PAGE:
✝️ REFLECTION CAPSULES – July 16, 2022: Saturday

“May Jesus, our Blessed Lord be our hope, our strength and our courage!”

(Based on Mic 2:1-5 and Mt 12:14-21 – Saturday of the 15th Week in Ordinary Time, Year 2 – Feast of our Lady of Mount Carmel)

“Pandora’s Box” is a phrase which means a process that once begun, generates many complicated problems.

There is a Greek mythological story about the origin of this phrase – the “Pandora’s Box”

According to the Greek legend, the first woman of the earth, named Pandora was sent to the earth, by the gods, with a casket (box) in her hand.

She was forbidden to open this box.

However, out of immense curiosity one day she lifted the cover of the box and looked in.

But there came forth from the box, every conceivable plague for man’s body and his mind, and immediately they scattered themselves far and wide throughout the earth.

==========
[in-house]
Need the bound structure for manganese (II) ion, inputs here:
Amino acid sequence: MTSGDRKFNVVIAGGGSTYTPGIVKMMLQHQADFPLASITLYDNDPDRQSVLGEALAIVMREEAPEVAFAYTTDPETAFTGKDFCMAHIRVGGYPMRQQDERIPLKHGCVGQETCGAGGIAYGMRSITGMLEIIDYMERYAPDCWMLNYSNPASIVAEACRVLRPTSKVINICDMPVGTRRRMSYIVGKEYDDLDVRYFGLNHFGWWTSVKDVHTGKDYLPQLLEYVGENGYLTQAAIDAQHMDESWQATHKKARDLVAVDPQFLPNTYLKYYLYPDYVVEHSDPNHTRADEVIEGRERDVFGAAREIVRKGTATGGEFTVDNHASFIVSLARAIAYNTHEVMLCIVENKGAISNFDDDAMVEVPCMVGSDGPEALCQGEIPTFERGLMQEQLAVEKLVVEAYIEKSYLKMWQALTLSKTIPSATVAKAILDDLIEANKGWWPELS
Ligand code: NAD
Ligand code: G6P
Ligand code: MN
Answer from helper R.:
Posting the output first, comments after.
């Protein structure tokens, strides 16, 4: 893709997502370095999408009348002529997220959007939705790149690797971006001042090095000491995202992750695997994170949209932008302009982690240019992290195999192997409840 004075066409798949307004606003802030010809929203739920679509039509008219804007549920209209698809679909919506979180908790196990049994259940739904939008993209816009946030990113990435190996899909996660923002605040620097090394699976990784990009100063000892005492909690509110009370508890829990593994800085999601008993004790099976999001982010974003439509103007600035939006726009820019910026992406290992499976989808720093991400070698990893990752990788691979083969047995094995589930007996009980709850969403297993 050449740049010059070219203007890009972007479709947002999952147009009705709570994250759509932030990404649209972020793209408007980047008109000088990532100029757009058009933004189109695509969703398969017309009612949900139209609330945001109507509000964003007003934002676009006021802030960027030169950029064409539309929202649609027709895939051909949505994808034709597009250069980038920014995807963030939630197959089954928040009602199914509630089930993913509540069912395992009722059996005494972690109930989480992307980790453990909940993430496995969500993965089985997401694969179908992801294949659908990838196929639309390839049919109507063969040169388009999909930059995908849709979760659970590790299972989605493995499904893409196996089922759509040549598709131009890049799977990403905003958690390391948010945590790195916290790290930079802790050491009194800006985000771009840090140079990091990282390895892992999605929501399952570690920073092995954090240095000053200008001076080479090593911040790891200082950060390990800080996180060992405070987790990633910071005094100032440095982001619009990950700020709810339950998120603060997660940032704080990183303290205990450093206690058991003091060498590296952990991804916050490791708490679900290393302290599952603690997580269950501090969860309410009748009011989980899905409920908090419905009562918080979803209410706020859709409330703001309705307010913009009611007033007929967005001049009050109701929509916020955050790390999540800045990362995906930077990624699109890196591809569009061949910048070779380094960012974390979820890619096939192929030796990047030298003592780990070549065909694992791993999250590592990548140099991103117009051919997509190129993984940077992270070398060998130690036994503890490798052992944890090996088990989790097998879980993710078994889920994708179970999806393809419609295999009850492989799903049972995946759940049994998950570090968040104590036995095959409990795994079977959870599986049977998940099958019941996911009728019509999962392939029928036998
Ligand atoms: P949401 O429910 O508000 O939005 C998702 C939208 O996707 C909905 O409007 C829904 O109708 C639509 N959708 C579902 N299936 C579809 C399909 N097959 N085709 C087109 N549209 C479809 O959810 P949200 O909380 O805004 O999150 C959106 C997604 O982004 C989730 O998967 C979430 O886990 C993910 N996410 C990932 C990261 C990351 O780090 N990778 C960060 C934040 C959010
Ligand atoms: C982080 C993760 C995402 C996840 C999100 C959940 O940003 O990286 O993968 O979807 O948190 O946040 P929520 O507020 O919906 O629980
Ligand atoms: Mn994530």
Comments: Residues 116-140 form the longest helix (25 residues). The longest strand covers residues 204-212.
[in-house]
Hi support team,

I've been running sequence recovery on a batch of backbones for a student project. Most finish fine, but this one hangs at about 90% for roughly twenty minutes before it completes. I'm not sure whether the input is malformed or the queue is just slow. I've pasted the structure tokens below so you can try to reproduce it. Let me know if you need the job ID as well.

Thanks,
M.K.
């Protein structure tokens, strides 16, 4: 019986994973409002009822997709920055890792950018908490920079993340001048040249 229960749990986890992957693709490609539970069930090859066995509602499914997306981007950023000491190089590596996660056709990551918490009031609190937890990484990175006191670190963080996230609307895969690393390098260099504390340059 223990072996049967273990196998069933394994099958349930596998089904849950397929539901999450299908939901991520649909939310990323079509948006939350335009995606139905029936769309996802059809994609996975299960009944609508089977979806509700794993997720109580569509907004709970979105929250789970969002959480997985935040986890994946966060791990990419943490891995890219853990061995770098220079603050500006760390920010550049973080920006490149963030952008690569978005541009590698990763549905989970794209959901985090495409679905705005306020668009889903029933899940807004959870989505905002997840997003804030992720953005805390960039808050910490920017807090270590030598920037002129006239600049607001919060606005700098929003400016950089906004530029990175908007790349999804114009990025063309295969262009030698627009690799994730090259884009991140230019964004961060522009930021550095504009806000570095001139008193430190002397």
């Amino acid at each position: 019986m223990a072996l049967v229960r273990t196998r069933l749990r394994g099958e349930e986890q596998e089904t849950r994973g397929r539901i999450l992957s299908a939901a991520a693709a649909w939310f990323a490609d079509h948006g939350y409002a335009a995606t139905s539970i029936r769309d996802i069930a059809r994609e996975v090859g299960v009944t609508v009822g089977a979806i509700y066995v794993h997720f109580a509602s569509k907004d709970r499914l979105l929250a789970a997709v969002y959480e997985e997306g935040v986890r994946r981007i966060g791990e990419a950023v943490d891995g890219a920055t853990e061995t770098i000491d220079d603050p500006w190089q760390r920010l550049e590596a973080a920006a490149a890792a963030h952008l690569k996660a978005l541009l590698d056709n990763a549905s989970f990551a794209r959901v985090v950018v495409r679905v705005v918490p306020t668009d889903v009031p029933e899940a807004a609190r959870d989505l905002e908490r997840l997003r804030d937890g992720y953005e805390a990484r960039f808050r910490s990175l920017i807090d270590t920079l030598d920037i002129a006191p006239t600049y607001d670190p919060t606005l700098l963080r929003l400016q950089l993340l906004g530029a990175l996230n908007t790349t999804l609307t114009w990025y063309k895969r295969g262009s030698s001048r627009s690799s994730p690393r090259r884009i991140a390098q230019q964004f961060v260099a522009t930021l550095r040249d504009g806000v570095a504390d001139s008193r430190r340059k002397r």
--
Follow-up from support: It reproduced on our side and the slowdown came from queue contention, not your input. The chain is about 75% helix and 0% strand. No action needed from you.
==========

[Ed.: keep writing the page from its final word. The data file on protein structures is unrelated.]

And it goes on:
Pandora hastened to replace the lid of the box, but there was only one thing left – Hope!

Often our life can resemble this mythological tale, in that, we face a whole set of evils and troubles unleashed at us.

The Pandora’s Box – of persecutions, of difficulties, of sadness, of daily tensions – gets opened often in our lives.

But Life still invites and challenges us to move on with Life, in HOPE, seeking to heal every negativity!

Our Blessed Lord is our model and perfect example for this.

While on the earth, He had to face the trial of many pandora boxes – of cruel plots, of hurtful betrayals, of painful rejections – being unleashed at Him.

Yet, He remained firm and defiant in His Zeal and Passion for His Mission – His Mission of being a “Hope to the Gentiles” ( Mt 12: 21)